Qiskit – Practical open source framework for quantum computing

Quantum Error Mitigation

Quantum error mitigation paves the way for commercial use of quantum computers, and it is an important technique for using today's quantum computers without fault-tolerant qubits. Qiskit supports quantum error mitigation through the use of a correction matrix to improve the quality of the results. A simple example of measurement error mitigation will illustrate this technique.

A simpler form of noise can be generated by the final measurement in the circuit (Listing 6). At this point, one of the possible bit strings is extracted; this is not an exact process due to the noise caused by the measurement, among other things. Again the GHZ circuit is used as an example. You have already seen the simulation of a noise-free result. When run on a real quantum computer, the noise is clearly seen in the broader distribution, which includes probabilities of the incorrect states (Figure 6).

Listing 6

Plotting the Results

from qiskit.visualization import plot_histogram
qdev = my_provider.get_backend( 'ibmq_lima' )
results = execute( qc, qdev, shots=10000 ).result()
noisy_counts = results.get_counts()
print( noisy_counts )
plot_histogram( noisy_counts )
Figure 6: A simpler form of noise can be generated by final measurement in the circuit.

In the simple case of an error-mitigation concept, the individual eight basic states resulting from the three qubits of the GHZ circuit are now traversed (Listing 7).

Listing 7

Traversing the Basic States

from qiskit.utils.mitigation import *
qr = QuantumRegister( 2 )
meas_calibs, state_labels = complete_meas_cal( qr=qr, circlabel='mcal' )
for circuit in meas_calibs:

As an example, Figure 7 shows three of the eight circuits. The correction matrix from Figure 8 can be calculated from the individual measurement results; this takes the deviations into account. This correction is then applied to the measurement results from the sample circuit (Listing 8). Figure 9 clearly shows that the measurement error mitigation method corrects the errors caused by noise in a very good way.

Listing 8

Create Correction Matrix

from qiskit.compiler import transpile, assemble
t_qc = transpile( meas_calibs, qdev )
qobj = assemble( t_qc, shots=10000 )
cal_results = qdev.run( qobj, shots=10000 ).result()
meas_fitter = CompleteMeasFitter( cal_results, state_labels, circlabel='mcal' )
array_to_latex( meas_fitter.cal_matrix )
# Get the filter object
meas_filter = meas_fitter.filter
# Results with mitigation
mitigated_results = meas_filter.apply( results )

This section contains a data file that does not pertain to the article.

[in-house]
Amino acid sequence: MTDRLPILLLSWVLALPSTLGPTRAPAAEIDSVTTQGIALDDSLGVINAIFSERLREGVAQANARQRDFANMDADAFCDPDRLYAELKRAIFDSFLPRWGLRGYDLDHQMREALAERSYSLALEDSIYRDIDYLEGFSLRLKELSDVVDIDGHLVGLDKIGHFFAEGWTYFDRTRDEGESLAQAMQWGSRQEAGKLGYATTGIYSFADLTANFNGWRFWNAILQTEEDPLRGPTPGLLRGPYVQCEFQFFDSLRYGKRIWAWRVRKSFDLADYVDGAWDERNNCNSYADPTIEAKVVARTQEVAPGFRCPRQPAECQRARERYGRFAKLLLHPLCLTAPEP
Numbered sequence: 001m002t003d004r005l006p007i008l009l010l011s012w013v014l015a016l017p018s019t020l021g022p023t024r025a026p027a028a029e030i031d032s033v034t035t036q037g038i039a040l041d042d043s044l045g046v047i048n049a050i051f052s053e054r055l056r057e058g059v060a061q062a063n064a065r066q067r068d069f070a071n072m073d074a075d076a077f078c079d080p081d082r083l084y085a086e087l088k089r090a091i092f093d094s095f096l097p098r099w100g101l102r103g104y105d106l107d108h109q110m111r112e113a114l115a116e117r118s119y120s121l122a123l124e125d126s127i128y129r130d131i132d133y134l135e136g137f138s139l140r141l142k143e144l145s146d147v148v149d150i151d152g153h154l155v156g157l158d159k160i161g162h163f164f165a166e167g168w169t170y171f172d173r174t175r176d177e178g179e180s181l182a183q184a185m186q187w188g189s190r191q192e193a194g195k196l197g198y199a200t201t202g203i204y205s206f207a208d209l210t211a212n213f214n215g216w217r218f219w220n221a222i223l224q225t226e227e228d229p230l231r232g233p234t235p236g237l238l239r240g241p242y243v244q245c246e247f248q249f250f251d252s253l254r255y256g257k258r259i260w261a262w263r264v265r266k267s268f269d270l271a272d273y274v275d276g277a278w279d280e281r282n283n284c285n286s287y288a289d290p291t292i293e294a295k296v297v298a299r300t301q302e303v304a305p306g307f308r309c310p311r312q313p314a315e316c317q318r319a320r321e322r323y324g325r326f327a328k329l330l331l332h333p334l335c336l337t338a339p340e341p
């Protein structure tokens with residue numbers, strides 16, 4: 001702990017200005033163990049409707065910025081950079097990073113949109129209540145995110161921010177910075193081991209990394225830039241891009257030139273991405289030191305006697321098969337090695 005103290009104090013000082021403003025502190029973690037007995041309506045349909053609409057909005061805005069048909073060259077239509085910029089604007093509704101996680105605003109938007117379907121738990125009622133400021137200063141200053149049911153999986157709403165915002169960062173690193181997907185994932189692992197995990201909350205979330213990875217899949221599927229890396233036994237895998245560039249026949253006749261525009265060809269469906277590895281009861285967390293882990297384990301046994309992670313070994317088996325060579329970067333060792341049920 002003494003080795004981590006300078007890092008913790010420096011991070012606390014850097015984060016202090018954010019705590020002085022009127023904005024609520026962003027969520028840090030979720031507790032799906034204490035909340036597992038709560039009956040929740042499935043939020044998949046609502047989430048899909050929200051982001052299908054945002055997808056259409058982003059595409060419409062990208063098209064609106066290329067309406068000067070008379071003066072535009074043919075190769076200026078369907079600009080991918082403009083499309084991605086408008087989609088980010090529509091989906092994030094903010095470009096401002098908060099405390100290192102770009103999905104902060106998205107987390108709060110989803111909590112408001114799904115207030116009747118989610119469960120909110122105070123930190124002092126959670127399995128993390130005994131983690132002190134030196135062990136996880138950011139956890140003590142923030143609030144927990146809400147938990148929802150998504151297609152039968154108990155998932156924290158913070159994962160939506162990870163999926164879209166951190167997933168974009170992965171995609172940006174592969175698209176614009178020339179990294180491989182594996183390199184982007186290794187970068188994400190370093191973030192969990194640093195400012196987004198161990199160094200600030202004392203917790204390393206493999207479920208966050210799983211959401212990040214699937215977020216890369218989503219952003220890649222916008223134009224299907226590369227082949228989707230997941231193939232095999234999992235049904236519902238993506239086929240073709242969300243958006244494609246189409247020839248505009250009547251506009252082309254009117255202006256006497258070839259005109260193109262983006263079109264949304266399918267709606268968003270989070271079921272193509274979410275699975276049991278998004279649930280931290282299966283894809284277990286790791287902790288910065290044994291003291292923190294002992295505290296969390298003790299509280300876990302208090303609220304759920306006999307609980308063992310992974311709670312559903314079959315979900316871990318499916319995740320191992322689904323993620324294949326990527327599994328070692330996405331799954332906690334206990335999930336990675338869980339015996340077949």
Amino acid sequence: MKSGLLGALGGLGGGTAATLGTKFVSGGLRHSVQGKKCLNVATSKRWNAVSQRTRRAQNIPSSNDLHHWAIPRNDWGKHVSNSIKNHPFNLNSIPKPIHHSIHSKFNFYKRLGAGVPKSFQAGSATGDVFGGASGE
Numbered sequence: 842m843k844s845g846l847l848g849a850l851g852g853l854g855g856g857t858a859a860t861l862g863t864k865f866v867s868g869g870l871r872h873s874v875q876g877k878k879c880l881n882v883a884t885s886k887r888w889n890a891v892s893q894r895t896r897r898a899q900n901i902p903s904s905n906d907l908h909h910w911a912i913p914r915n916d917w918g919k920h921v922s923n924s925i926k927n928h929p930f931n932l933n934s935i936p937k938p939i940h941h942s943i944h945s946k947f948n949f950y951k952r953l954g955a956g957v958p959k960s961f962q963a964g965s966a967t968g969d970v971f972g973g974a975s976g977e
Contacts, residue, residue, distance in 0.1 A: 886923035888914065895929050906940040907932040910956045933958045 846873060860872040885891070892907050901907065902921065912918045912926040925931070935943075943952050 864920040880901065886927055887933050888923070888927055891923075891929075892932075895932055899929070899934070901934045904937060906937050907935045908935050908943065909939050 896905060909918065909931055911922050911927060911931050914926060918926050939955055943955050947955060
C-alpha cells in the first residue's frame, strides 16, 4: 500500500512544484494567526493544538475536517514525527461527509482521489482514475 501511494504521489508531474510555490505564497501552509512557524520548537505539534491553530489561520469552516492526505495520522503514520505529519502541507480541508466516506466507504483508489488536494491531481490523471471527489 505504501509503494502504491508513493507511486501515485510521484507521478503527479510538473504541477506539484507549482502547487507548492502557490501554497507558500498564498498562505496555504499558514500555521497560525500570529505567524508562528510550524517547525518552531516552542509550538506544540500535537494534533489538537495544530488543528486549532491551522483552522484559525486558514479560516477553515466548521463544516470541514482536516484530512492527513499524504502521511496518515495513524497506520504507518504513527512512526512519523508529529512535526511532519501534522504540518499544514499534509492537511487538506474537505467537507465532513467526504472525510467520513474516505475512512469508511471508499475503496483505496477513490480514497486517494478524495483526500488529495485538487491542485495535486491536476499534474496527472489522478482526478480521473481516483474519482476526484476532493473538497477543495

mitigated_counts = mitigated_results.get_counts()
noisy_counts = results.get_counts()
plot_histogram( [ noisy_counts, mitigated_counts ], legend=[ 'noisy', 'mitigated' ] )
Figure 7: In the simple case of an error-avoidance concept, the eight individual basic states resulting from the three qubits of the GHZ circuit are now traversed. Here, three of the eight circuits are shown.
Figure 8: A correction matrix can be calculated from the individual measurement results, taking the deviations into account.
Figure 9: Measurement error mitigation by means of a correction matrix helps to correct the errors caused by noise.

Because the cost of additional measurements to determine the correction matrix grows exponentially with the number of qubits, this method has been further refined, resulting in effective error mitigation even if a larger number of qubits is used.

In Qiskit, this advanced method shows up in the output resulting from Sampler primitives (quasi-probabilities). Again using the simple circuit for the GHZ state, the calculation with Sampler on the non-noise free QASM simulator is shown in Listing 9. The almost uniform probability distribution of the two correct states is shown here in the quasi-probability distribution.

Listing 9

Refined Method

service = QiskitRuntimeService()
with Sampler( circuits=[qc], service=service, options={ "backend": "ibmq_qasm_simulator" } ) as sampler:
  result = sampler( circuits=[0], shots=10000 )
  print( result )
SamplerResult( quasi_dists=[{'000': 0.4944, '111': 0.5056}], metadata=['shots': 10000}] )

One focus of current research on quantum error mitigation is on more advanced, general-purpose methods. Zero-Noise Extrapolation (ZNE) and Probabilistic Error Cancellation (PEC) are both promising techniques. In ZNE, you work directly with noise amplification in the circuit; in PEC, you identify the noise using randomly selected instances of noisy circuits. A blog post by IBM Research on the utility value of these methods provides a more detailed overview [12].


Qiskit is the effort of a large community to make quantum computing technology understandable and applicable and get it ready for production. Community contributions, such as meetups or an annual summer school, are essential to the project's continued development. This article is intended as another example of how you can take your first steps in quantum computing.

The Author

Under the leadership of Dr. Stefan Kister, Jana Foehlisch, Daniel Kaulen, Konstantin Konson, Dr. Jan-Rainer Lahmann, Marcel Pfaffhauser, and Bengt Wegner from IBM worked together to present this article as a good example of contribution to the open source community around Qiskit. They also receive support from quantum technology students Catharina Broocks and Jakob Pforr.

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